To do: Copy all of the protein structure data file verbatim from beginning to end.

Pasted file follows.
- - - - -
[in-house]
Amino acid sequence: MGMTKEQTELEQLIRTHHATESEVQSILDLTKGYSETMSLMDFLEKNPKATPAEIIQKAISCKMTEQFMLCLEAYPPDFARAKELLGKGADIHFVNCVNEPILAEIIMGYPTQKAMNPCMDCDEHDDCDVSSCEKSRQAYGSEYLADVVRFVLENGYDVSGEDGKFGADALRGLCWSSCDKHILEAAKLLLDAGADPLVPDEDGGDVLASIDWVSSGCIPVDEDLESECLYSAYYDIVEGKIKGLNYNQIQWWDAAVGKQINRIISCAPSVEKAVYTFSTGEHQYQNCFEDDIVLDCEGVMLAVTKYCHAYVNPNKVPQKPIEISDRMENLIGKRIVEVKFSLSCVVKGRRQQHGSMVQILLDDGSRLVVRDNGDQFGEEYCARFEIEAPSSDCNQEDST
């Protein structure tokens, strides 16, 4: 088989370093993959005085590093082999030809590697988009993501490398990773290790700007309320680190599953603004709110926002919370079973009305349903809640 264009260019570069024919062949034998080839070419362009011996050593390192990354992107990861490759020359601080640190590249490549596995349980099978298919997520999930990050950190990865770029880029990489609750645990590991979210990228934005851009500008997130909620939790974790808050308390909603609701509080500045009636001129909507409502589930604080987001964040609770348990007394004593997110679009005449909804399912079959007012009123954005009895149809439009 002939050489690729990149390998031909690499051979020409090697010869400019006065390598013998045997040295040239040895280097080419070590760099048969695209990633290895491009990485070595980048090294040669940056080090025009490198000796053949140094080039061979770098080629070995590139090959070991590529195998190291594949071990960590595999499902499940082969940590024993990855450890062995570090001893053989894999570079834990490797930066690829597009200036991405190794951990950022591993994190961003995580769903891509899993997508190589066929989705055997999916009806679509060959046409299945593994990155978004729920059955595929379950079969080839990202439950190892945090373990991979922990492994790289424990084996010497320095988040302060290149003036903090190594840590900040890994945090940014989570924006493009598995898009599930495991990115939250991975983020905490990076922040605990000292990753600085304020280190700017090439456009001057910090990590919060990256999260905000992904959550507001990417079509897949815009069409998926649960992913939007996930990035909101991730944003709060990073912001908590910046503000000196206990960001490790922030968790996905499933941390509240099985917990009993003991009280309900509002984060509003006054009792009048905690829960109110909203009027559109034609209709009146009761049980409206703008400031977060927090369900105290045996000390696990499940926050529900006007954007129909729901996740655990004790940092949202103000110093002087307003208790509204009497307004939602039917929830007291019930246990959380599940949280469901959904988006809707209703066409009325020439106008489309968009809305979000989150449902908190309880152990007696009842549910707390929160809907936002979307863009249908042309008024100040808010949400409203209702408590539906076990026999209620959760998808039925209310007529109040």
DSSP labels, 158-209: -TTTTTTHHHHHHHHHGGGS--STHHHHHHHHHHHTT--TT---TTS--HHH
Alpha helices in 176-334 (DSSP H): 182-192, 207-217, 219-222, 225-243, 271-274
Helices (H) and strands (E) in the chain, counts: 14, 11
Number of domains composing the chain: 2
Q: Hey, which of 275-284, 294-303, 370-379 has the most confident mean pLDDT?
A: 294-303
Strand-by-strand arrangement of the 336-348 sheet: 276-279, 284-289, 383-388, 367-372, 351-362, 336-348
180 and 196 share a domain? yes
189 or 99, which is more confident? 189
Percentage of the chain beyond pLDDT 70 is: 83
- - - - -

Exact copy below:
[in-house]
Amino acid sequence: MGMTKEQTELEQLIRTHHATESEVQSILDLTKGYSETMSLMDFLEKNPKATPAEIIQKAISCKMTEQFMLCLEAYPPDFARAKELLGKGADIHFVNCVNEPILAEIIMGYPTQKAMNPCMDCDEHDDCDVSSCEKSRQAYGSEYLADVVRFVLENGYDVSGEDGKFGADALRGLCWSSCDKHILEAAKLLLDAGADPLVPDEDGGDVLASIDWVSSGCIPVDEDLESECLYSAYYDIVEGKIKGLNYNQIQWWDAAVGKQINRIISCAPSVEKAVYTFSTGEHQYQNCFEDDIVLDCEGVMLAVTKYCHAYVNPNKVPQKPIEISDRMENLIGKRIVEVKFSLSCVVKGRRQQHGSMVQILLDDGSRLVVRDNGDQFGEEYCARFEIEAPSSDCNQEDST
């Protein structure tokens, strides 16, 4: 088989370093993959005085590093082999030809590697988009993501490398990773290790700007309320680190599953603004709110926002919370079973009305349903809640 264009260019570069024919062949034998080839070419362009011996050593390192990354992107990861490759020359601080640190590249490549596995349980099978298919997520999930990050950190990865770029880029990489609750645990590991979210990228934005851009500008997130909620939790974790808050308390909603609701509080500045009636001129909507409502589930604080987001964040609770348990007394004593997110679009005449909804399912079959007012009123954005009895149809439009 002939050489690729990149390998031909690499051979020409090697010869400019006065390598013998045997040295040239040895280097080419070590760099048969695209990633290895491009990485070595980048090294040669940056080090025009490198000796053949140094080039061979770098080629070995590139090959070991590529195998190291594949071990960590595999499902499940082969940590024993990855450890062995570090001893053989894999570079834990490797930066690829597009200036991405190794951990950022591993994190961003995580769903891509899993997508190589066929989705055997999916009806679509060959046409299945593994990155978004729920059955595929379950079969080839990202439950190892945090373990991979922990492994790289424990084996010497320095988040302060290149003036903090190594840590900040890994945090940014989570924006493009598995898009599930495991990115939250991975983020905490990076922040605990000292990753600085304020280190700017090439456009001057910090990590919060990256999260905000992904959550507001990417079509897949815009069409998926649960992913939007996930990035909101991730944003709060990073912001908590910046503000000196206990960001490790922030968790996905499933941390509240099985917990009993003991009280309900509002984060509003006054009792009048905690829960109110909203009027559109034609209709009146009761049980409206703008400031977060927090369900105290045996000390696990499940926050529900006007954007129909729901996740655990004790940092949202103000110093002087307003208790509204009497307004939602039917929830007291019930246990959380599940949280469901959904988006809707209703066409009325020439106008489309968009809305979000989150449902908190309880152990007696009842549910707390929160809907936002979307863009249908042309008024100040808010949400409203209702408590539906076990026999209620959760998808039925209310007529109040």
DSSP labels, 158-209: -TTTTTTHHHHHHHHHGGGS--STHHHHHHHHHHHTT--TT---TTS--HHH
Alpha helices in 176-334 (DSSP H): 182-192, 207-217, 219-222, 225-243, 271-274
Helices (H) and strands (E) in the chain, counts: 14, 11
Number of domains composing the chain: 2
Q: Hey, which of 275-284, 294-303, 370-379 has the most confident mean pLDDT?
A: 294-303
Strand-by-strand arrangement of the 336-348 sheet: 276-279, 284-289, 383-388, 367-372, 351-362, 336-348
180 and 196 share a domain? yes
189 or 99, which is more confident? 189
Percentage of the chain beyond pLDDT 70 is: 83